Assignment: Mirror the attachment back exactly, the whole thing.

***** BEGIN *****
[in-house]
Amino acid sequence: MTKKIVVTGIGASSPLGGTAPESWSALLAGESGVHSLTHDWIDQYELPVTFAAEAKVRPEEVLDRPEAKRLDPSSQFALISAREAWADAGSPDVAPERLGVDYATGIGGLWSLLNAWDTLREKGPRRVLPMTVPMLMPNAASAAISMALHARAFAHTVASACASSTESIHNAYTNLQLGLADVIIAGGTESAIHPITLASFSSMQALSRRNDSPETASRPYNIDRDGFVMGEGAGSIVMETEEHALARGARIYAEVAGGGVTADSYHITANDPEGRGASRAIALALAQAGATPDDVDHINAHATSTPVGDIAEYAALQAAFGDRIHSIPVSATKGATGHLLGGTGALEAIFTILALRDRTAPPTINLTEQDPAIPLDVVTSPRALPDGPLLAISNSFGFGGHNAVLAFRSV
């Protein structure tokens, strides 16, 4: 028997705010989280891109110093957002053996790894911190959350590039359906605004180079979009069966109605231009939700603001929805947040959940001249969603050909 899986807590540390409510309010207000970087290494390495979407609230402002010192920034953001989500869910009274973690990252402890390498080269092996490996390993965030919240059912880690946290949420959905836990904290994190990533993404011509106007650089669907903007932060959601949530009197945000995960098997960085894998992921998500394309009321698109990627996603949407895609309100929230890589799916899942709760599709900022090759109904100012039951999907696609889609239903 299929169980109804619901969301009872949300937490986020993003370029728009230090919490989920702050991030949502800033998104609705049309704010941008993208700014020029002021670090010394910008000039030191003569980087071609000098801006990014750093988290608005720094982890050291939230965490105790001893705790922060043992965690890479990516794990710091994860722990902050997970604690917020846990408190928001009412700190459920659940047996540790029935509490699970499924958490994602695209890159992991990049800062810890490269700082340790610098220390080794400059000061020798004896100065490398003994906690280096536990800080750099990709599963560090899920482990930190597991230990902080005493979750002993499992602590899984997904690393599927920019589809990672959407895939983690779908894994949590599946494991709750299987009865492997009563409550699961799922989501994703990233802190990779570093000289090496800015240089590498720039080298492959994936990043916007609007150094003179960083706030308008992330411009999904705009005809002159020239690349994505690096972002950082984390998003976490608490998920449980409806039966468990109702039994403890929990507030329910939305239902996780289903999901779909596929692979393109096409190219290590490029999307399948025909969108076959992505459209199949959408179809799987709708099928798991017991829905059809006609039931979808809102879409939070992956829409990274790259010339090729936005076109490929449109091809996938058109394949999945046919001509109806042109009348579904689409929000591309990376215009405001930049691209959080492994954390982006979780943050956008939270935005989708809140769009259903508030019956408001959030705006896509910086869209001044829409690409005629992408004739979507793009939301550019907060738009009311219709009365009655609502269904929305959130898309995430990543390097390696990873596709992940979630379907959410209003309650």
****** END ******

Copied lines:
[in-house]
Amino acid sequence: MTKKIVVTGIGASSPLGGTAPESWSALLAGESGVHSLTHDWIDQYELPVTFAAEAKVRPEEVLDRPEAKRLDPSSQFALISAREAWADAGSPDVAPERLGVDYATGIGGLWSLLNAWDTLREKGPRRVLPMTVPMLMPNAASAAISMALHARAFAHTVASACASSTESIHNAYTNLQLGLADVIIAGGTESAIHPITLASFSSMQALSRRNDSPETASRPYNIDRDGFVMGEGAGSIVMETEEHALARGARIYAEVAGGGVTADSYHITANDPEGRGASRAIALALAQAGATPDDVDHINAHATSTPVGDIAEYAALQAAFGDRIHSIPVSATKGATGHLLGGTGALEAIFTILALRDRTAPPTINLTEQDPAIPLDVVTSPRALPDGPLLAISNSFGFGGHNAVLAFRSV
């Protein structure tokens, strides 16, 4: 028997705010989280891109110093957002053996790894911190959350590039359906605004180079979009069966109605231009939700603001929805947040959940001249969603050909 899986807590540390409510309010207000970087290494390495979407609230402002010192920034953001989500869910009274973690990252402890390498080269092996490996390993965030919240059912880690946290949420959905836990904290994190990533993404011509106007650089669907903007932060959601949530009197945000995960098997960085894998992921998500394309009321698109990627996603949407895609309100929230890589799916899942709760599709900022090759109904100012039951999907696609889609239903 299929169980109804619901969301009872949300937490986020993003370029728009230090919490989920702050991030949502800033998104609705049309704010941008993208700014020029002021670090010394910008000039030191003569980087071609000098801006990014750093988290608005720094982890050291939230965490105790001893705790922060043992965690890479990516794990710091994860722990902050997970604690917020846990408190928001009412700190459920659940047996540790029935509490699970499924958490994602695209890159992991990049800062810890490269700082340790610098220390080794400059000061020798004896100065490398003994906690280096536990800080750099990709599963560090899920482990930190597991230990902080005493979750002993499992602590899984997904690393599927920019589809990672959407895939983690779908894994949590599946494991709750299987009865492997009563409550699961799922989501994703990233802190990779570093000289090496800015240089590498720039080298492959994936990043916007609007150094003179960083706030308008992330411009999904705009005809002159020239690349994505690096972002950082984390998003976490608490998920449980409806039966468990109702039994403890929990507030329910939305239902996780289903999901779909596929692979393109096409190219290590490029999307399948025909969108076959992505459209199949959408179809799987709708099928798991017991829905059809006609039931979808809102879409939070992956829409990274790259010339090729936005076109490929449109091809996938058109394949999945046919001509109806042109009348579904689409929000591309990376215009405001930049691209959080492994954390982006979780943050956008939270935005989708809140769009259903508030019956408001959030705006896509910086869209001044829409690409005629992408004739979507793009939301550019907060738009009311219709009365009655609502269904929305959130898309995430990543390097390696990873596709992940979630379907959410209003309650």